Presbyopia is caused when the eye’s lens, normally soft and flexible,
hardens with age and results in blurred reading vision. The hardening
of the lens makes it difficult for the eye to focus on close objects.
Presbyopia is part of the normal aging process, typically affecting
adults at about 40 years of age. Reading glasses and bifocals are used
to treat presbyopia. These assist the eyes in focusing on nearby
objects. Since presbyopia affects the lens, LASIK eye surgery, which
only treats the cornea, is unable to correct the condition. Therefore, LASIK patients past their mid 40’s still need to wear reading glasses.
For those who do not to wish wear readers, the answer Refractive Lens Exchange (RLE), whereby we remove the eye’s natural aging lens and replace it with a multifocal, artificial lens (IOL). In my opinion, the ReSTOR 3.0 offers the best possible vision at all ranges. This lens can also be implanted at the time of cataract surgery to markedly reduce the need for glasses after surgery.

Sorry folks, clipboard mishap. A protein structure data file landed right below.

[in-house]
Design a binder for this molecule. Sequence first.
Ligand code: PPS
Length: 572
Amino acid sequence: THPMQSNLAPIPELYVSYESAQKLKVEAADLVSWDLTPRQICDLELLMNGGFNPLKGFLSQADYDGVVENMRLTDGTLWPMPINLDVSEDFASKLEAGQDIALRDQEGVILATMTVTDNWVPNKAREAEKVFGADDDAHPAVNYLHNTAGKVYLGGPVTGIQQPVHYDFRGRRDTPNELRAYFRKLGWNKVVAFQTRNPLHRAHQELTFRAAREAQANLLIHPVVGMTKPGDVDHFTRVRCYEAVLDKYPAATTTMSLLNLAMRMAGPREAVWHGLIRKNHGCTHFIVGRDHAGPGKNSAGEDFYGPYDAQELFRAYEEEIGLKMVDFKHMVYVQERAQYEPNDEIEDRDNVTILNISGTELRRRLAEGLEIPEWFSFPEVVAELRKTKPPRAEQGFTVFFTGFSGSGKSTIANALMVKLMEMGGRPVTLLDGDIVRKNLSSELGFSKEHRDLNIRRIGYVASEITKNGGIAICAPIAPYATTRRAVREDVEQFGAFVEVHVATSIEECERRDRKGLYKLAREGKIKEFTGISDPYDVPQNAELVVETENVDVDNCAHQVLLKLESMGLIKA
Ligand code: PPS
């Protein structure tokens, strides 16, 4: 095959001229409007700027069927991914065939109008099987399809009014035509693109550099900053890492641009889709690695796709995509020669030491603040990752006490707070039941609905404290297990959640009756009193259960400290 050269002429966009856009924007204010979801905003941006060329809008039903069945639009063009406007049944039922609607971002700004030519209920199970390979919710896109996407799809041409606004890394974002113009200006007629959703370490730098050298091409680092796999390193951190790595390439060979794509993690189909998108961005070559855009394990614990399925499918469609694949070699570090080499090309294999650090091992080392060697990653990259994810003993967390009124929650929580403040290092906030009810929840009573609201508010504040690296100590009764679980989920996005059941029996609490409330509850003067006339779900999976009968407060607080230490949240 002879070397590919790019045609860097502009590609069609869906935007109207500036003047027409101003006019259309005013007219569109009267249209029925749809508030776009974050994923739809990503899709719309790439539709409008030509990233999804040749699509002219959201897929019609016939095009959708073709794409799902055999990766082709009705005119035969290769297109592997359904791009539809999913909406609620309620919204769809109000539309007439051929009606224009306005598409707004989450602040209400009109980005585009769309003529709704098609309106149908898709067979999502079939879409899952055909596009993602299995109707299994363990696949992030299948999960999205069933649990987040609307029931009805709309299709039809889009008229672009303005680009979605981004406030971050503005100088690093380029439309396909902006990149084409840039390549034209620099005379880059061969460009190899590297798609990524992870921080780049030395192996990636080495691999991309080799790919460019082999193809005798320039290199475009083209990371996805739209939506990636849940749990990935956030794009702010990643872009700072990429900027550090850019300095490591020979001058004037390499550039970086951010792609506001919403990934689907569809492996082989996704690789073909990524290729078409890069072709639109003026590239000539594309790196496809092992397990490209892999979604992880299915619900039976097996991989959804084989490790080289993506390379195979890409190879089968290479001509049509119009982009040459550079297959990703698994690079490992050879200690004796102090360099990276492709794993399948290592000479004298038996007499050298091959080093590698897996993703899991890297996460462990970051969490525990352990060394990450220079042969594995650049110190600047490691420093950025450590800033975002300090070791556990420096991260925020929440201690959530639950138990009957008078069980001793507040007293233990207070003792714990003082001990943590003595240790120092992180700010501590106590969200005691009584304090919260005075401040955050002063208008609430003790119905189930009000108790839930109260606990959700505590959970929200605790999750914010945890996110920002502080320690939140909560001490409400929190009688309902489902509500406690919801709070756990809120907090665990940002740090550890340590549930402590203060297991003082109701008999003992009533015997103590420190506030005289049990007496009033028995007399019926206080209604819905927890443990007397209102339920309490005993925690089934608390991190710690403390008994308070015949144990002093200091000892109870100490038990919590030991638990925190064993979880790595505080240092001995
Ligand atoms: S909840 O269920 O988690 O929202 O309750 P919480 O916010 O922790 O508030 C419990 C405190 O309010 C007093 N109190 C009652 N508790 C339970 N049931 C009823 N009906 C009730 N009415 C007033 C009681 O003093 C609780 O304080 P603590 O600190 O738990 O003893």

Many of our patients at EyeCare 20/20 have questions concerning the use of the ReSTOR. Because of this, we have produced a very informative video that walks you through the entire process of one of our patient’s, Ian Lang, experience with the ReSTOR implant. We hope that this video answers many of your questions! If you do decide to have a premium IOL implanted, make sure you have it done by a surgeon with vast refractive and cataract experience.
The information presented on this Site and Blog and any related links is provided for educational, informational, and entertainment purposes only. Nothing contained in this Site is intended to create a physician-patient relationship, to replace the services of a licensed, trained physician or health professional or to be a substitute for medical advice of a physician or trained health professional licensed in your state. You must never consider any of the information presented here as a substitute for consulting with your physician or health care provider for any medical conditions or concerns. Any information presented here is general information, is not medical advice, nor is it intended as advice for your personal situation. Please consult with your physician or health care provider if you have concerns about your health or suspect that you might have a problem.